Unimaginable on Sept. 11, investigators now know much more about the anatomy of the World Trade Center towers collapse.

"The towers survived the impacts. It was the fires in addition to the very severe impact that finally brought the towers down," said Gene Corley of the American Society of Civil Engineers.

Corley and others from ASCE worked with the Federal Emergency Management Agency to answer congressional questions about how the skyscrapers were brought down by the violent assault by two Boeing 767s on Sept. 11.

The north tower, struck first, remained standing for 102 minutes. The south tower fell 56 minutes after impact. More than 25,000 people escaped from the 110-story buildings, but 2,823 perished, including 343 emergency responders.

The report concluded that the buildings exceeded safety requirements and could have survived the crashes. They couldn't however, survive the spreading jet fuel — approximately 10,000 gallons in each plane — and immense heat caused by the fire that melted the steel framework.

"The fact that the structures were able to sustain this level of damage and remain standing for an extended period of time is remarkable and is the reason that most building occupants were able to evacuate safely," according to the report released Wednesday by the House Science Committee.

The report describes exactly how each plane impacted the towers, how floor trusses near the impact collapsed, and how crucial fireproofing material was blown off of support beams.

"Up until 9/11, we had never had a collapse of a protected steel building," said Dr. Arden Bement of the National Institute of Standards and Technology.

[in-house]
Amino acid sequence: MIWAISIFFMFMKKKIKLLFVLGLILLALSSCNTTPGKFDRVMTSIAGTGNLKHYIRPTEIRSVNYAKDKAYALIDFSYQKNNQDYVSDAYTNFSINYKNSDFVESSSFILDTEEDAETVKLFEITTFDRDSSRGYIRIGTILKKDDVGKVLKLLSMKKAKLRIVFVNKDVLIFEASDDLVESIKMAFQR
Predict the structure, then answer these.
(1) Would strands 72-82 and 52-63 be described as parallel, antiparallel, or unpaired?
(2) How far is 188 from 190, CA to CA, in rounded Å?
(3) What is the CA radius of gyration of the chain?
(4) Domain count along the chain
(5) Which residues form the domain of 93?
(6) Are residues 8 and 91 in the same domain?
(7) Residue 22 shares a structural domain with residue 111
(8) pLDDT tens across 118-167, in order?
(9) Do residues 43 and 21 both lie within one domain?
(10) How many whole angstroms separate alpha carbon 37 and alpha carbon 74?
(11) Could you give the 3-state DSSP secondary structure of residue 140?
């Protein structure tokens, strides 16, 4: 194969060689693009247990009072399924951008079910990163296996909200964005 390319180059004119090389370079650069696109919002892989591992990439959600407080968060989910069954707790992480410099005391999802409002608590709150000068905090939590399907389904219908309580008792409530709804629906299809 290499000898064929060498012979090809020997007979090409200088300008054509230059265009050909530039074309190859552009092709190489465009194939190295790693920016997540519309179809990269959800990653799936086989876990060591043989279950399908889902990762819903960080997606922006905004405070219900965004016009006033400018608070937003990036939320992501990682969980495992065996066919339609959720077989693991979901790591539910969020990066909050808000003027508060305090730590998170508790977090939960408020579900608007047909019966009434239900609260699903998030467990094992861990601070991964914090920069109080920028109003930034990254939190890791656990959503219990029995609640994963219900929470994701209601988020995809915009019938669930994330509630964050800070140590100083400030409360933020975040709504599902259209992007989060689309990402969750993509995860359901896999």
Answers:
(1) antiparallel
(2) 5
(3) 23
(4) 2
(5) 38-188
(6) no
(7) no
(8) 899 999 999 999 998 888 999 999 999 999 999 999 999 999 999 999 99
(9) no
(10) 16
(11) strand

The report is full of photographs and diagrams of the World Trade Center, and makes specific recommendations for protecting tall buildings. Among them: enhanced fireproofing and larger stairwells so more people can make it out in the event of a catastrophe.

But for many people, in particular families of World Trade Center victims, this report falls very short.

"For no good reason, nearly 3,000 people were killed, not by a fire — killed by a building," said Sally Reganhard, whose son was a rescue worker killed in the building collapse.

"Some of the most vexing questions may never be answered. Thousands of tons of steel were carted away and recycled before any expert could examine what could have been telltale clues," said Rep. Anthony Weiner, D-N.Y., whose Brooklyn district was home to many victims and their families.

The National Institutes of Standards and Technology is set to take over the WTC collapse investigation, which will likely take two years and cost $16 million. NIST could eventually make broad recommendations to the building and fire codes using the trade center findings.

Congress will soon consider having just one agency coordinate investigations into building catastrophes, much the way the National Transportation Safety Board investigates plane and train crashes. The agency will assess threats to structures and emergency evacuation plans for buildings at risk of attack.

What the collapse investigation may never find out is whether the steel supports — trusses — will ever be safe from fiery infernos fueled by aircraft fuel, especially since the fireproofing material required to withstand the impact of an airplane could make construction cost-prohibitive.

Families, however, remain hopeful that the investigation will yield information to prevent future disasters.

"If we have a proper investigation right now with the proper funding, with the proper manpower, with the proper support services, we will find out, we have to find out," Reganhard said.

The Associated Press contributed to this report.